This first one was one I had started a few months ago, the poncho made from alpaca yarn. Even though the pattern was really easy to follow, I wasn't happy that it was chunkier than I thought it would be and the patterning wasn't as apparent as it was in the project photo. Now that I've since finished it and have worn it a few times, it's really growing on me. Here's the finished item:



The next project I worked on was a knitted craft bag. It was the March project from the Mary Maxim's Knit Club of the Month. Here's the project photo and a few progress shots:

Bag size: 14" wide x 6" deep x 9" high.

End cables.

Side cables.  A mixture of ribbing and cables.  Two of my favourites! 

The knitting on this one was so satisfying. I adore cables and seeing them come together with this yarn was exciting. The bag is pretty much knitted as one unit.  Only 5 seams to sew: the handles, which join in the middle, and 4 side seams.  I eliminated (almost) the handle seam by doing a graft instead. It didn't turn out as smooth as it should, but it's better than a bulky seam.

Anyway, it was so much fun to do, I couldn't stop and managed to finish the project before the end of the month. The only problem I encountered was that there were four glaring errors in the pattern. Had I been less experienced with cables, I would have been totally lost and not at all pleased. Here's a shot of the finished piece:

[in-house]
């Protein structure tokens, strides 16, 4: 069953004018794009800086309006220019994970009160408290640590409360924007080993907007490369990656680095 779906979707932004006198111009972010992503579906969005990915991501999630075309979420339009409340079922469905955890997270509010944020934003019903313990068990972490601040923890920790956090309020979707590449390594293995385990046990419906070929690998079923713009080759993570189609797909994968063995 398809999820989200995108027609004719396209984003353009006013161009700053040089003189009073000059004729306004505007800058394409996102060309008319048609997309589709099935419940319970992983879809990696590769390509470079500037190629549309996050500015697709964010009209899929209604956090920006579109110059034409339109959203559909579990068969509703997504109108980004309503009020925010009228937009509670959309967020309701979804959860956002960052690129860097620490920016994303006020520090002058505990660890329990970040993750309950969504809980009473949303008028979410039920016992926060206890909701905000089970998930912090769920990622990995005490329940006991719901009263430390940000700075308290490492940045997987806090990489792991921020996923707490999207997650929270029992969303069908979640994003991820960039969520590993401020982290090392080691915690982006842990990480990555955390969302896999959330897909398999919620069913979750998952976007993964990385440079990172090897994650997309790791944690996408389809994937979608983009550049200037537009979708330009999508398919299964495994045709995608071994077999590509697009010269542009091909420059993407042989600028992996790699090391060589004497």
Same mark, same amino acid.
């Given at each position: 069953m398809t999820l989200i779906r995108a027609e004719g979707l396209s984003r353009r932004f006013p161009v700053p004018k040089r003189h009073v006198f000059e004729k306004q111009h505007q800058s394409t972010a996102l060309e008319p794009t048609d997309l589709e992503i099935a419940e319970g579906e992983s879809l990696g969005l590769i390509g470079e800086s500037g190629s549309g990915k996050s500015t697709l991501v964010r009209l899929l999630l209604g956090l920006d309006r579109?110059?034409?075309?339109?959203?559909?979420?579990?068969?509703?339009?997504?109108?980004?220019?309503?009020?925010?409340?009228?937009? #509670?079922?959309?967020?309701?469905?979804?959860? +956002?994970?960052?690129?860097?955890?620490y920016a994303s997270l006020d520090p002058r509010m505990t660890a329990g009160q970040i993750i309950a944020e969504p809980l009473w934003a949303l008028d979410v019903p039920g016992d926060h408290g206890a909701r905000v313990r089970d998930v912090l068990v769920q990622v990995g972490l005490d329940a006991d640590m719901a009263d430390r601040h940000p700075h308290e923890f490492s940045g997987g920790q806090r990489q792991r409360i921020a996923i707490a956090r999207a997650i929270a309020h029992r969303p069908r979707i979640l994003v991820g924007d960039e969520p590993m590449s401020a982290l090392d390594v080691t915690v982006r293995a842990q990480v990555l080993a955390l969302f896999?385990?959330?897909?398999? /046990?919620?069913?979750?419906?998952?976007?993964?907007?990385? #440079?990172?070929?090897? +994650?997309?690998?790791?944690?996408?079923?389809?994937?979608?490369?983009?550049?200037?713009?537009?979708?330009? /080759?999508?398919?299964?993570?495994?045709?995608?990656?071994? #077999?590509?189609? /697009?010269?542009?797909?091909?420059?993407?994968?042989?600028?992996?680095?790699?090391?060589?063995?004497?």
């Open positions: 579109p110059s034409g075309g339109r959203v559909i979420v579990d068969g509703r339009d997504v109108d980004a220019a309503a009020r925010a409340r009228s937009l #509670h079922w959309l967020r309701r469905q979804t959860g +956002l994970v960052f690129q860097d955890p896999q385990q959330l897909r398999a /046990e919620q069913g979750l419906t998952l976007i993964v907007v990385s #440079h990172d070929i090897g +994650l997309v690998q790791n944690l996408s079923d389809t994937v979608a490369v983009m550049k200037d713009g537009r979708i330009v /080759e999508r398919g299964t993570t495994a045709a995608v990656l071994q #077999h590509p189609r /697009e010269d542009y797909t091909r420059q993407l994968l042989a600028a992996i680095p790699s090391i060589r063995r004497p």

There's an option to stiffen up the bottom so that it'll be more stable.  I just haven't found a piece of plastic/strong cardboard of suitable size yet, but that's definitely something I'm thinking of doing. I also have enough yarn leftover to put in a inner pocket for small items. Once I determine how I'm really going to use this bag, I'll have a clearer idea of what to do.

Since I was on a roll with finishing projects, I figured I'd start another one. This one was the February project from the Mary Maxim's Knit Club of the Month: Fair Isle Mittens. Here's my progress so far:


The photo shows palm pattern (stripes) on the right and the back-of-the-hand pattern (snowflake-ish) on the left.  I'll show this better in the coming weeks.  The pattern is a little confusing to follow, but I think I'm figuring it out.

That's it for this week. A new project should be coming in the mail shortly. In the meantime, I'll continue to work on my mittens.

Needlework Tuesday is hosted by Heather over at Books and Quilts.    If you'd done any crafting this week that you'd like to share with others, please head over to Heather's blog and use the Mr. Linky to link up your post, so others can enjoy your creations.